I never woulda thought that we would welcome no one but immediate family to meet Rebecca at the hospital, and that we wouldn't even be able to hold her until day four of her life.

I never woulda thought that I'd learn the lingo of the NICU, and be able to converse with other moms with the same experiences.

I remember the moment. The moment I knew something was wrong. She'd come super fast, and I was still reeling with the realization that my delivery was over. The doc pushed her onto my chest, but because she was so limp, her body kinda flopped. That's when I knew--I knew when I couldn't get a grasp of her, I knew when I didn't hear her cry. I knew when I asked, "Why isn't she crying?" and the nurse quickly whisked her away. I knew something was wrong.

And yet, I still can't figure out why I wasn't more upset. I wasn't more concerned. My sister jokes with me now about how I was asking if I could eat something--while my baby girl was barely breathing on her own in the other room. Why wasn't I bawling? Why wasn't I screaming for  her and begging her to be okay? Was I in denial? I know I was being shielded by my husband who didn't want me to know, by my sister who wasn't sure what to say, and by the doctor's who were busy just trying to figure out what went wrong.

I do remember shaking--violently shaking anytime I'd allow my thoughts to drift to her. So I think I just didn't--I just didn't think. I asked for crackers, I talked to the doctor, and did everything I could to just get through.

I don't remember feeling anything when I realized NICU had been called in. I DO remember feeling something when they stopped long enough to let me see her. Her little eyes blinked so slowly, and she took the most labored raspy breath ever. Her head was a funny shape, her color still a little off. Her cheeks were out of this world, and she had the same swatch of dark hair her brother had.

She was alive.

I knew in that moment, when my eyes locked with her, that everything was going to be all right. Even an hour later, when the neonatologist used the words "brain damage" and explained the cooling therapy and the drugs and the risks ... even when my thoughts, my horrible dark selfish thoughts were, "I can't do this. She'll mess up our life. How will her disabilities affect Joshua? And our family? I want to start over!", a sense of peace settled over me. In that moment, I knew--and I never woulda thought--that no matter what, Rebecca Elizabeth, developmental delays, possible brain damage and all, would be and already was a member of this family. No matter what, this little girl would change our lives for the better. No matter what, Joshua would be shaped by his experience as big brother to this little angel. No matter what, Erik would be affected by her sweet presence and her smile. No matter what, this mama's heart would expand to include a little girl, who by no fault of her own, entered this world with a little unnecessary drama.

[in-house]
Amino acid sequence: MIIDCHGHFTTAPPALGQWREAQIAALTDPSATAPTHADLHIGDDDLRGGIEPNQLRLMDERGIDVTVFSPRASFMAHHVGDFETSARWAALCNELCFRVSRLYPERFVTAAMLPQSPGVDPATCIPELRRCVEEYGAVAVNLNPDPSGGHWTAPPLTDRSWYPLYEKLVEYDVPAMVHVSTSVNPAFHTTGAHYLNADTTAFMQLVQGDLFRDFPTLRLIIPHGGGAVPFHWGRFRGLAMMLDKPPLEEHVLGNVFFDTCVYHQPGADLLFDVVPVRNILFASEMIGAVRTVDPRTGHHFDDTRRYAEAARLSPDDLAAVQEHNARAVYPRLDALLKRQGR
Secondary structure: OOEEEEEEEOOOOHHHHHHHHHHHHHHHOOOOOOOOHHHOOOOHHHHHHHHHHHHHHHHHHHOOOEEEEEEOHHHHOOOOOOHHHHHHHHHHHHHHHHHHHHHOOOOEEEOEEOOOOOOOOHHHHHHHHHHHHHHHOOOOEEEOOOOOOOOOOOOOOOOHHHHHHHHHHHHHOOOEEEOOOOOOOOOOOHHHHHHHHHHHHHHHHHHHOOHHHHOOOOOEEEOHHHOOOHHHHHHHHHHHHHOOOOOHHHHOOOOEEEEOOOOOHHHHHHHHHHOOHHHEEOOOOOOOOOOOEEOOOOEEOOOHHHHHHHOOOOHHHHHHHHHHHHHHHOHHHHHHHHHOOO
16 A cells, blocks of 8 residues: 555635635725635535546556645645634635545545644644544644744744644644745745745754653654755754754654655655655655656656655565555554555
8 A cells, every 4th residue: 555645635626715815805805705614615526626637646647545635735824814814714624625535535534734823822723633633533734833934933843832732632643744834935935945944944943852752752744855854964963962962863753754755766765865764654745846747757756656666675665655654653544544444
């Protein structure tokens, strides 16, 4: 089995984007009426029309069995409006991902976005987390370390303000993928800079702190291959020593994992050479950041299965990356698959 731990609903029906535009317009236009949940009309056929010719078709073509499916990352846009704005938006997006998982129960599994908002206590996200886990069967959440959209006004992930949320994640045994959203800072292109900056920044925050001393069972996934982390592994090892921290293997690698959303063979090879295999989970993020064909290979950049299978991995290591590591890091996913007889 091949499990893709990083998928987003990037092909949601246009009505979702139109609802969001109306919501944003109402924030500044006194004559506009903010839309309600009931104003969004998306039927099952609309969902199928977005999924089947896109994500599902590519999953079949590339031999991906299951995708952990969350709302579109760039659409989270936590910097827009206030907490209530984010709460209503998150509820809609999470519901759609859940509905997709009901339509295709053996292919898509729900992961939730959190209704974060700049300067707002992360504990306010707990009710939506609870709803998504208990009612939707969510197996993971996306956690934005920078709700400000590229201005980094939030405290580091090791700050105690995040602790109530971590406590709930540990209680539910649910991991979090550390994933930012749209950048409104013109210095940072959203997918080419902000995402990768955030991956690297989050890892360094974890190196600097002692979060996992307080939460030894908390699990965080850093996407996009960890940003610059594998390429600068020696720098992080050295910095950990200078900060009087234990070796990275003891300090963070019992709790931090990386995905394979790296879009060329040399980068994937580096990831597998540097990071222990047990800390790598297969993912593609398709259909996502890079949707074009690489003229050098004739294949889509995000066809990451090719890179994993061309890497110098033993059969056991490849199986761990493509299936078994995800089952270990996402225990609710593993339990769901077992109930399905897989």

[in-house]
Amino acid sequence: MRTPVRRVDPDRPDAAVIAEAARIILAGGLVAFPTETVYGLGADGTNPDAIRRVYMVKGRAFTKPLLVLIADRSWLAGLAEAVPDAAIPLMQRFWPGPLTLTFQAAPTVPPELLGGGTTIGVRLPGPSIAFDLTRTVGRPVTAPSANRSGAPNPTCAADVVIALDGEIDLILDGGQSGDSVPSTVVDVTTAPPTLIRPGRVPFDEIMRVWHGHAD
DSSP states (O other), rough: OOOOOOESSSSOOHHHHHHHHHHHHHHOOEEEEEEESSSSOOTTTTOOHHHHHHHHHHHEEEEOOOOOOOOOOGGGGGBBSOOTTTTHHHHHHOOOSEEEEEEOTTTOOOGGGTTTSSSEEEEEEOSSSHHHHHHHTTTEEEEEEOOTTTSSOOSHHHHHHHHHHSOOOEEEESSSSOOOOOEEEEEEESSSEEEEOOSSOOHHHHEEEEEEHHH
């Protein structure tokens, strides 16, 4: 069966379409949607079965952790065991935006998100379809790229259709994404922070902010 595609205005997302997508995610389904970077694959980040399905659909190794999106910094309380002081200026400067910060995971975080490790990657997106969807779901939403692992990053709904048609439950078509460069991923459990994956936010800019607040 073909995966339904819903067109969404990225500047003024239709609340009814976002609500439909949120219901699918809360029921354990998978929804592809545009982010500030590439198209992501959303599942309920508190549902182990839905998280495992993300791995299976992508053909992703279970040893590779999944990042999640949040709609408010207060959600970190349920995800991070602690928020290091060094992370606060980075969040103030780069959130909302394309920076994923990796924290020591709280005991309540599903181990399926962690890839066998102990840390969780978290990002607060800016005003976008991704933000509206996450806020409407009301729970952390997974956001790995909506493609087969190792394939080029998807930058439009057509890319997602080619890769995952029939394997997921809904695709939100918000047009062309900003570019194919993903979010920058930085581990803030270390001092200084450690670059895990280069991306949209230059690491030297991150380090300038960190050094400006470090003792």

I never woulda thought we'd walk out of the NICU with a pink bundle of perfection with a clean bill of health.

I never woulda thought that we'd be one of those families with a story of how prayer works, God heals, and Facebook spreads the word. :)

I never woulda thought that I'd be sitting here, 13 days after her birth, and only 3 days after her arrival home, blogging about an experience that I never expected to have, with a tiny little lady with sparkly blue eyes, her brother's nose, her daddy's lips and the worst case of hiccups ever sitting in the bouncer next to me.

My God healed my baby girl. I believe that He knew something would go wrong in the birth canal. He knew that my daughter would not be breathing. He knew her brain would have "unhappy neurons" (I love how the NICU neurologists helps us understand things) and that evidence of seizures would display. He knew that Wednesday afternoon at 3:00 and 3:40, my little girl would stop breathing and need nurses to help her through it.

And oh mind you--I am human. I have yelled a little bit, and asked Him, "If you knew a bad thing was going to happen in there, why didn't you stop it? Why not heal it before the bad thing happened instead of allowing the bad thing to happen? Why allow my baby to come into the world this way? To go through this pain? Why would you have us walk this road?"

But even as I asked, I knew. Because He knew his people would rally to pray. He knew His name would be glorified, and that is why we exist here on earth--to bring glory to His name. And while I wonder why I needed to be the mama who went through this to bring Him glory, I know I am stronger because of it. Not stronger in myself, but stronger in Him. Never before have I been the recipient of such miracles.

I never woulda thought that this would be Rebecca's story. But truly, I can truly say: I'm grateful that it is.

My little miracle baby who didn't cry at birth is starting to cry now--apparently she's hungry again. :) Oh how I love that cry.